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SPJ joins effort to uphold Texas Open Meetings Act
For immediate release
John Ensslin, SPJ President, (303) 726-9213,
Abby Henkel, SPJ Communications Coordinator, (317) 927-8000 ext. 215,
INDIANAPOLIS – The Society of Professional Journalists has joined an amicus brief defending the Texas Open Meetings Act in a case that could have ramifications on similar statutes across the country.
The brief concerns Asgeirsson v. Abbott, a case before the U.S. Court of Appeals for the Fifth Circuit. City officials from several cities in Texas have challenged the state’s Open Meetings Act, which ensures the public’s right to attend meetings of city officials. Read the brief here, written by the Reporters Committee for Freedom of the Press.
City officials claim the Texas Open Meetings Act suppresses their free speech because the threat of being charged with criminal violations in connection with the issues discussed compels them not to speak out if their meetings are open. But the law’s only criminal provisions apply to officials who knowingly call, close, participate in or aid a closed meeting. It does not suppress content of public officials’ speech, only the time, manner and place of that speech – restrictions that are widely used and constitutionally sound.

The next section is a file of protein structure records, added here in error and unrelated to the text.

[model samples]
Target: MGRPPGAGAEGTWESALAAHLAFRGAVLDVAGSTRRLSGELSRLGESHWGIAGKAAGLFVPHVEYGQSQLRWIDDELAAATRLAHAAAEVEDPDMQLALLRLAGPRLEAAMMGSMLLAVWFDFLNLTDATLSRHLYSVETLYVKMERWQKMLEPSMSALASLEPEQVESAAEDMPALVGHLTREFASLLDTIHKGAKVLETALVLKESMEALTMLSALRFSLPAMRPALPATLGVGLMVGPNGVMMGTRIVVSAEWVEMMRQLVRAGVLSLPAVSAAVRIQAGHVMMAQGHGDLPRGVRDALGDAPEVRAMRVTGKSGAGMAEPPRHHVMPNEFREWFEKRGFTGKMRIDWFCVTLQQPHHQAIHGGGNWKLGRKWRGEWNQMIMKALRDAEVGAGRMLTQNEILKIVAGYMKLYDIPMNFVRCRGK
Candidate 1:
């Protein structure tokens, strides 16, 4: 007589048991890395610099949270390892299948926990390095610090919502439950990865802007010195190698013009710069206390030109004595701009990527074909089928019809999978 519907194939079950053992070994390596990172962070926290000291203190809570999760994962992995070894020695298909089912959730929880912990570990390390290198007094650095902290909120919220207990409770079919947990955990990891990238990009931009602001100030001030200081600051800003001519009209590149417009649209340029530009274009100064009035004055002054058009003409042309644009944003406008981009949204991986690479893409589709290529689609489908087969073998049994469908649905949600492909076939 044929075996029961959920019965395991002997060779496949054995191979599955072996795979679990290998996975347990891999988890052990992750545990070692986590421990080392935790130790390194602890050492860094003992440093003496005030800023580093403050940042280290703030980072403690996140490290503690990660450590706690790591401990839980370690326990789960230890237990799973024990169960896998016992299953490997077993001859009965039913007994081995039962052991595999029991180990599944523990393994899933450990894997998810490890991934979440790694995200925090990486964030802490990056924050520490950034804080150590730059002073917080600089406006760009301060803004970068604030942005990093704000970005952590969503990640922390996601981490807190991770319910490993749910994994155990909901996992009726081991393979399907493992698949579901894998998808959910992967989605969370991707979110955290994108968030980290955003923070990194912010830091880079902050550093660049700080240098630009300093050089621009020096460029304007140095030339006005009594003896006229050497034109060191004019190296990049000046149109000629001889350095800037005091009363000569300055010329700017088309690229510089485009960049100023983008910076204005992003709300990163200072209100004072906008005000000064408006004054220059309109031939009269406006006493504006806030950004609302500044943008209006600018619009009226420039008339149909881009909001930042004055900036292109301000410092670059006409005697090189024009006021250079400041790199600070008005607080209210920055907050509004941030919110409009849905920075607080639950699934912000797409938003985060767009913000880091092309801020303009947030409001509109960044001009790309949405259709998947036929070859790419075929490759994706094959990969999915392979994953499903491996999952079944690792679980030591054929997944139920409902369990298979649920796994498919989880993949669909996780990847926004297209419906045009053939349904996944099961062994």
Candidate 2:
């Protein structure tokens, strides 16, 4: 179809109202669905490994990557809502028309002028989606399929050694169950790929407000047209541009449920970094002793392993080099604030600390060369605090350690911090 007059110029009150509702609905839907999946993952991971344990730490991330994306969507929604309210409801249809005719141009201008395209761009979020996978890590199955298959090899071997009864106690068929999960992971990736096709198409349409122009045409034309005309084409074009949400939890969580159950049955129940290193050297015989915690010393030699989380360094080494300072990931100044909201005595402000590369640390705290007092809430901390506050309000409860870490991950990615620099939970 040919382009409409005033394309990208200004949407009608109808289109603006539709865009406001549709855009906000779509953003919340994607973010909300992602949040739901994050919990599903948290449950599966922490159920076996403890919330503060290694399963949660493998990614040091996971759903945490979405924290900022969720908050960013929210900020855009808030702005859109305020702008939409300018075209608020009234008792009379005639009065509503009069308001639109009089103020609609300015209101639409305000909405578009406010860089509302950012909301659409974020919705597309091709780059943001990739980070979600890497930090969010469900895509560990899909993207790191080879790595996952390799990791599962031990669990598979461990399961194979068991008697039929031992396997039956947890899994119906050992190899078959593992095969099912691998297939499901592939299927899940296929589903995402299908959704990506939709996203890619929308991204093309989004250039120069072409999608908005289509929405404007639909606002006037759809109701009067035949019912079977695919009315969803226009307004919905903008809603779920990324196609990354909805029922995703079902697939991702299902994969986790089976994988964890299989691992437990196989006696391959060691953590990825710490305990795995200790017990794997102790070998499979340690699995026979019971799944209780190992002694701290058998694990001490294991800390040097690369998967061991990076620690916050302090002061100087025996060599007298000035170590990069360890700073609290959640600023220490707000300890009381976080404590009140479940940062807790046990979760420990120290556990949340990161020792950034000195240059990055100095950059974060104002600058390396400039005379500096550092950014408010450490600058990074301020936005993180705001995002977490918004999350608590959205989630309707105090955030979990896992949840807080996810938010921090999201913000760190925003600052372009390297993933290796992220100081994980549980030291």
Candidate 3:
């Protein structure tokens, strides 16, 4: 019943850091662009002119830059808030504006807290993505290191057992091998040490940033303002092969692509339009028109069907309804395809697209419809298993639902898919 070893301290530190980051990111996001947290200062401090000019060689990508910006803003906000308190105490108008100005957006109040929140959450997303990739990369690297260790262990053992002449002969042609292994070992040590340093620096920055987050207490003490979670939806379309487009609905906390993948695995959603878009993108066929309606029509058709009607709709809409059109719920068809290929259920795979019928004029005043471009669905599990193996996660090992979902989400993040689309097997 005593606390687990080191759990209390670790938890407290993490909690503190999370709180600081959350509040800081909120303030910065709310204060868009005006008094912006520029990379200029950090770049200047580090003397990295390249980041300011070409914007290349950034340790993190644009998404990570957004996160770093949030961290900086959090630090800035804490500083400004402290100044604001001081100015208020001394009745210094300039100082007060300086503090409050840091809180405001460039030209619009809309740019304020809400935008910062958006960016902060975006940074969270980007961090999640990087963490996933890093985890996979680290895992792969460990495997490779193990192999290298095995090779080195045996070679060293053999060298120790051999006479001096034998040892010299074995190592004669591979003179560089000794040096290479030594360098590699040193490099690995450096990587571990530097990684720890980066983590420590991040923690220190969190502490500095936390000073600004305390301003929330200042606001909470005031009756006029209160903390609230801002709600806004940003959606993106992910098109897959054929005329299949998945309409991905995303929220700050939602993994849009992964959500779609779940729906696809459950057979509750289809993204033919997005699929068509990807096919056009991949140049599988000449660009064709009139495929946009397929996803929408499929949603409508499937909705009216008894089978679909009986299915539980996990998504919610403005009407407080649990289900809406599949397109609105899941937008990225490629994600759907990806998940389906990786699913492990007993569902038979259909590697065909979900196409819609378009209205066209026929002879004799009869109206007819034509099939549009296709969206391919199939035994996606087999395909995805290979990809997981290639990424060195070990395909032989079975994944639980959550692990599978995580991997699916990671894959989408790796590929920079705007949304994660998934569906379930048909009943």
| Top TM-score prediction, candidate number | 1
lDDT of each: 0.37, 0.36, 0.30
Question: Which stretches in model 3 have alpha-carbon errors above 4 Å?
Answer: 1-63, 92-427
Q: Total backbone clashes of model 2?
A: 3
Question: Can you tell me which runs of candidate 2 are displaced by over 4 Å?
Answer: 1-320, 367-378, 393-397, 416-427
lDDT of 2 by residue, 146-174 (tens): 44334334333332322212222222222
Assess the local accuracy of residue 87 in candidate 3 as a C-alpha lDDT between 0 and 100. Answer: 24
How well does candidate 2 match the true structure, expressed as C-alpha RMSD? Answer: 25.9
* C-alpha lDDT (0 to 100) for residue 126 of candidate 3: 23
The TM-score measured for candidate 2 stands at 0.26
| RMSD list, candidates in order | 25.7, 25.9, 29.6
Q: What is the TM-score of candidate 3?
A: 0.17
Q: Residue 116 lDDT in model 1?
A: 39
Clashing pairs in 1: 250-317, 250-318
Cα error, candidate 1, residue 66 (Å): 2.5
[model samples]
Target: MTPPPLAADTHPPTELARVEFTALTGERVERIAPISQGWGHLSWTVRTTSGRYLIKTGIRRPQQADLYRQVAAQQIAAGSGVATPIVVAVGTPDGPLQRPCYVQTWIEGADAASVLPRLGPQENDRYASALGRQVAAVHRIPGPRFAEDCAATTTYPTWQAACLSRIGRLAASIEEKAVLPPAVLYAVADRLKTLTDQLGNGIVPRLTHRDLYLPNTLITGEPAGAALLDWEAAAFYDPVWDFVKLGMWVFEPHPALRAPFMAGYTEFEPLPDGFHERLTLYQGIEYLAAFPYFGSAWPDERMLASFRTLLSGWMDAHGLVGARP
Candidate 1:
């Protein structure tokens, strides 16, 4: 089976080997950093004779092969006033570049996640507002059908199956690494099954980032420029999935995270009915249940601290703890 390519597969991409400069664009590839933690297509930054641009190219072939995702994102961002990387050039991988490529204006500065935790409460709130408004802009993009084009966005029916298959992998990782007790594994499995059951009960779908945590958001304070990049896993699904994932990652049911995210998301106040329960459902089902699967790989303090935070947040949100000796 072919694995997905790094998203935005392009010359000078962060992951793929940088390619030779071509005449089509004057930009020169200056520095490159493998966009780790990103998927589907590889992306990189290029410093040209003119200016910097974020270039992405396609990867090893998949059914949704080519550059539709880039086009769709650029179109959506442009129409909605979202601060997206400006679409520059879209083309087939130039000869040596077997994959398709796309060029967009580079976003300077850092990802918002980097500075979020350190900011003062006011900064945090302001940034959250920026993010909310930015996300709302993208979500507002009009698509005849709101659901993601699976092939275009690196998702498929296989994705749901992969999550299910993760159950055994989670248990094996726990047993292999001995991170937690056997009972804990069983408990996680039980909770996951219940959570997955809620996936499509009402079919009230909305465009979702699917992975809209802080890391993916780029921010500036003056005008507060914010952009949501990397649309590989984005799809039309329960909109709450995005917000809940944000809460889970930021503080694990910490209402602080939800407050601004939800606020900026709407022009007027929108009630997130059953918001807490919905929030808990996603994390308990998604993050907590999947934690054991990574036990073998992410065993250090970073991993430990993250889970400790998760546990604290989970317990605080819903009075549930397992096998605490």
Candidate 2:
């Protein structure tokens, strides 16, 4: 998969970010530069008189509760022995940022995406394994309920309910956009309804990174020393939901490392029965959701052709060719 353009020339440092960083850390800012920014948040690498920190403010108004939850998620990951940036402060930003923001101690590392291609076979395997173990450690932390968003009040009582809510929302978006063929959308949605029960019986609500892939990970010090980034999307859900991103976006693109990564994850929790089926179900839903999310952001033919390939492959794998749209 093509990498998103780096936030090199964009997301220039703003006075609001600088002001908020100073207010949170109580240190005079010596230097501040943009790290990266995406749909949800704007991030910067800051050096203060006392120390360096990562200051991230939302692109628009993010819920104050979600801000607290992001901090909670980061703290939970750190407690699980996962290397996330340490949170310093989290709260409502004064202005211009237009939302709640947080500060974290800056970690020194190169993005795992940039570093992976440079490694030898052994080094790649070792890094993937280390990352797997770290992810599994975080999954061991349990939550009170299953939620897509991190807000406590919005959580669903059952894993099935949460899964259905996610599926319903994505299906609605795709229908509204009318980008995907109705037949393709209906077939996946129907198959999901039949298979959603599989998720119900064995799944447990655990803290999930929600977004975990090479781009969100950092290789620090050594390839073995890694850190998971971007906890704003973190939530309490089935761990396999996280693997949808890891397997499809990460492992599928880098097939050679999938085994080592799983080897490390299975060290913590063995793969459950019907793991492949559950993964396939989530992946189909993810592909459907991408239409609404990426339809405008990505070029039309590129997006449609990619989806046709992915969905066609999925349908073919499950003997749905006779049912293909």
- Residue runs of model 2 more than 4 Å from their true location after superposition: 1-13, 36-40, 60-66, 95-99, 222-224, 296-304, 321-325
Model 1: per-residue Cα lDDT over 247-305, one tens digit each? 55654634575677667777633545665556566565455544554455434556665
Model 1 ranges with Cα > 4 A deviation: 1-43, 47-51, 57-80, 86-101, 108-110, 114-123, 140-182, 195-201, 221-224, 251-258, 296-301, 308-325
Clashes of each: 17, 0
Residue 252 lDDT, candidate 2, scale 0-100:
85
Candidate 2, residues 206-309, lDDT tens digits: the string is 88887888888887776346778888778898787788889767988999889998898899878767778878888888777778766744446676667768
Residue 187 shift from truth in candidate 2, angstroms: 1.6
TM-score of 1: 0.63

“Open meetings laws serve as crucial protection for an informed public and a free press – cornerstones of an open and accountable democracy,” SPJ President John Ensslin said. “They provide citizens the opportunity to hold elected officials accountable by revealing their actions and agenda.”
A federal trial court ruled that the law does not violate the officials’ First Amendment rights, holding that, in fact, “free discussion is suppressed when city council members close their meetings to the public.” The Texas Open Meetings Act is mirrored across the U.S. Similar challenges to state statutes in Illinois, Kansas, Colorado, Minnesota and Nevada have also failed.
If the law is invalidated, SPJ and its co-signers on the amicus brief anticipate widespread opportunities for public officials to meet and make decisions in private, opening the doors for hidden government corruption.
As a free press and free speech advocate, SPJ initiates and joins amicus briefs to support First Amendment and open records cases. Most recently, SPJ joined an amicus brief supporting Project Vote in a Freedom of Information case.
Founded in 1909 as Sigma Delta Chi, SPJ promotes the free flow of information vital to a well-informed citizenry; works to inspire and educate the next generation of journalists; and protects First Amendment guarantees of freedom of speech and press. For more information about SPJ, please visit www.spj.org.